• 12 years ago

        Yes i[

      • cygnus1
      • 12 years ago

      dude, get the stupid accessory kit and you got your analog in and outs, composite, s-video, and component…

      get some reading comprehension and learn to click on links

      • Lord.Blue
      • 12 years ago

      Lack of reading on your part does not create a scary situation on mine. There is a daughter board that has all the aformentioned connections and then some.

    • TheEmrys
    • 12 years ago

    Fricken A. About time.

      • flybywire
      • 12 years ago

      You can say that again. I had a few AIW cards back in the day and have fond memories of them.

    • Voldenuit
    • 12 years ago

    For a HTPC, they should have passive cooling as the default configuration. SPCR just reviewed a passively cooled 3650 recently (and gave it high praise), so this is not a technical hurdle.

    • wingless
    • 12 years ago

    This is a worthy product. I wonder if they’ll come out with a 4000 series version before the year is out.

      • Voldenuit
      • 12 years ago

      Not with the RV770, at least, not with the heat output at present. I can clearly hear the fan spool up on my Visiontek 4850 under load – getting an Accelero S1 R2 to fix this issue :p

        • Meadows
        • 12 years ago

        There are no heat output issues there. It’s a tiny chip at 55 nm, for chrissakes. It’s a shoddy cooler and bad driver-level fan control only.

          • Voldenuit
          • 12 years ago

          Uh…what?

          It’s a 110W GPU (confirmed by xbitlabs) using a single slott cooler from a much cooler card (3850 was ~75W). Although the cooler has been tweaked slightly, it is still just an aluminum (yup, ALUMINUM*) cooler with a small fan and no heatpipes.

          I can definitely hear the cooler spooling up. I’ve taken a few pains to silence my system, but I’m not a silence freak like the ppl on spcr. What’s most annoying is that the cooler will oscillate between two rpm levels at idle. It’s actually not to bad at base rotation or pure load, but the oscillations make the noise signature irritating.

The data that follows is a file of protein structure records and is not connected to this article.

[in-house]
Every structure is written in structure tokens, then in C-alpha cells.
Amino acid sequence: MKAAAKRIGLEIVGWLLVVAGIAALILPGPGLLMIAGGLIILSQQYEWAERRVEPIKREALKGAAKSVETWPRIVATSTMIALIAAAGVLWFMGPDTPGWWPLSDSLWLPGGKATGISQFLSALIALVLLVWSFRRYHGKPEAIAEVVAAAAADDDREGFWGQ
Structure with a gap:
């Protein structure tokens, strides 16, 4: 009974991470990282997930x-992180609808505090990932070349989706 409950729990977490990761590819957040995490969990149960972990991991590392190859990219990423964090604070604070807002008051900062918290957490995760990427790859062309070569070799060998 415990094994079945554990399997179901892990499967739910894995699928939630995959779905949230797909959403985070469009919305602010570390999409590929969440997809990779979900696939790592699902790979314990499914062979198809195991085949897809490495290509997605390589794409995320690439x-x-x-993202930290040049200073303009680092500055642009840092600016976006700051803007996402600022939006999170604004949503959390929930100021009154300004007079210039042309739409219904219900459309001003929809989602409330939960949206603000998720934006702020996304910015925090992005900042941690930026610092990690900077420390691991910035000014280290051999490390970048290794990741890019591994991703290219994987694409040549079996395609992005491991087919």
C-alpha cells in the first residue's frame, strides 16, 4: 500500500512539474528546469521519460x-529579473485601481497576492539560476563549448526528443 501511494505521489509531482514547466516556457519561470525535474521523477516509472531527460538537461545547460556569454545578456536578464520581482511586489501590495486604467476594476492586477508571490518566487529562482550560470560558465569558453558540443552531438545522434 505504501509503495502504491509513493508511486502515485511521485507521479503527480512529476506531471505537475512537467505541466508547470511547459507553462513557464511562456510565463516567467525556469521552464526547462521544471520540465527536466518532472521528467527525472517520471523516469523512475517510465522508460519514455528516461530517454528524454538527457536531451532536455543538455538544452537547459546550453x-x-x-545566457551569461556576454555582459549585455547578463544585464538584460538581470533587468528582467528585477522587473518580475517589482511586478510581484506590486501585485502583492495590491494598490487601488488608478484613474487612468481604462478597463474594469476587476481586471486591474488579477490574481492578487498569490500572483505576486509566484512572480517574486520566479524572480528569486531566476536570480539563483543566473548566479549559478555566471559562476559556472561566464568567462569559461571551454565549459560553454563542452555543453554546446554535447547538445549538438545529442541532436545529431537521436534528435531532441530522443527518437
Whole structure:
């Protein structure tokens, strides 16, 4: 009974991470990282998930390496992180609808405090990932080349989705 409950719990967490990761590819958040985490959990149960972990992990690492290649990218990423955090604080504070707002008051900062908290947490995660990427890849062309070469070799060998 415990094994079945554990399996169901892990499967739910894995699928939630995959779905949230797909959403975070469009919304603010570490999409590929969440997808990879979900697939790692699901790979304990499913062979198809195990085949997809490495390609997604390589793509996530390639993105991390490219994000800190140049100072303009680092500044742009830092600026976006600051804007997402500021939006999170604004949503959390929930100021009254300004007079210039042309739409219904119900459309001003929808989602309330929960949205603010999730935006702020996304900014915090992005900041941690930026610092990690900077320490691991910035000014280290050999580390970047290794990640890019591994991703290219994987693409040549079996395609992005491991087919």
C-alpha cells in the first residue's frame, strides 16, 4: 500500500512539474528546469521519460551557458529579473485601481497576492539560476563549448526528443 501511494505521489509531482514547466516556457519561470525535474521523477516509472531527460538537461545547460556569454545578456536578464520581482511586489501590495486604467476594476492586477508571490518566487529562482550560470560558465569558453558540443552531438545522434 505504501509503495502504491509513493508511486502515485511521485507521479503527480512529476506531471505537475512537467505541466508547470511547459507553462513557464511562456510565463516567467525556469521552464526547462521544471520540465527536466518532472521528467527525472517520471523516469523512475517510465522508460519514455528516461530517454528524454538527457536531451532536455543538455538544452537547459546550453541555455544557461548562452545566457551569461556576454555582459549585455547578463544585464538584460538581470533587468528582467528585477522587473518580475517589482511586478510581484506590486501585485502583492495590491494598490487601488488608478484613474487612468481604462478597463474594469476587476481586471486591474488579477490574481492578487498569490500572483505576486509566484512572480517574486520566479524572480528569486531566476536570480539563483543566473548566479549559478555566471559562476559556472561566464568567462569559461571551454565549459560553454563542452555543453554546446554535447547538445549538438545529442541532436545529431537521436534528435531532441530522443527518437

* it’s painted copper. I *hate* when ppl do that. X(

          • Voldenuit
          • 12 years ago

          BTW, forgot to mention that the TDP of a core2duo E8400 is 65W, so the 4850 is already nearly twice the heat output of a modern CPU. And don’t forget that HTPCs are often stuffed into small cramped cases with poor internal and peripheral circulation. Keeping TDPs down on a HTPC part is a good idea…

          • Vaughn
          • 12 years ago

          Thank you for spelling that out. Some people are kinda clueless.

        • Forge
        • 12 years ago

        Odd. My Visiontek 4850 has an unquestionably copper cooler. I wonder why yours does not? Are you sure?

          • Deli
          • 12 years ago

          They had AIW with top of the line cards (9700, 9800, x800, x1800, x1900) in the past, those things were hot too, I don’t see why not. These things don’t necessarily have to end up in a HTPC.

          • Voldenuit
          • 12 years ago

          Yup. It’s Aluminum.

          More precisely, it is an Aluminum heatsink with a copper core (where the GPU meets contact). The rest of the heatsink has been painted to look like copper.

          I tested it by nicking the surface of the cooler with a sharp object, and sure enough, under the paint, the cooler was silvery (and soft and light enough that it is most likely aluminum).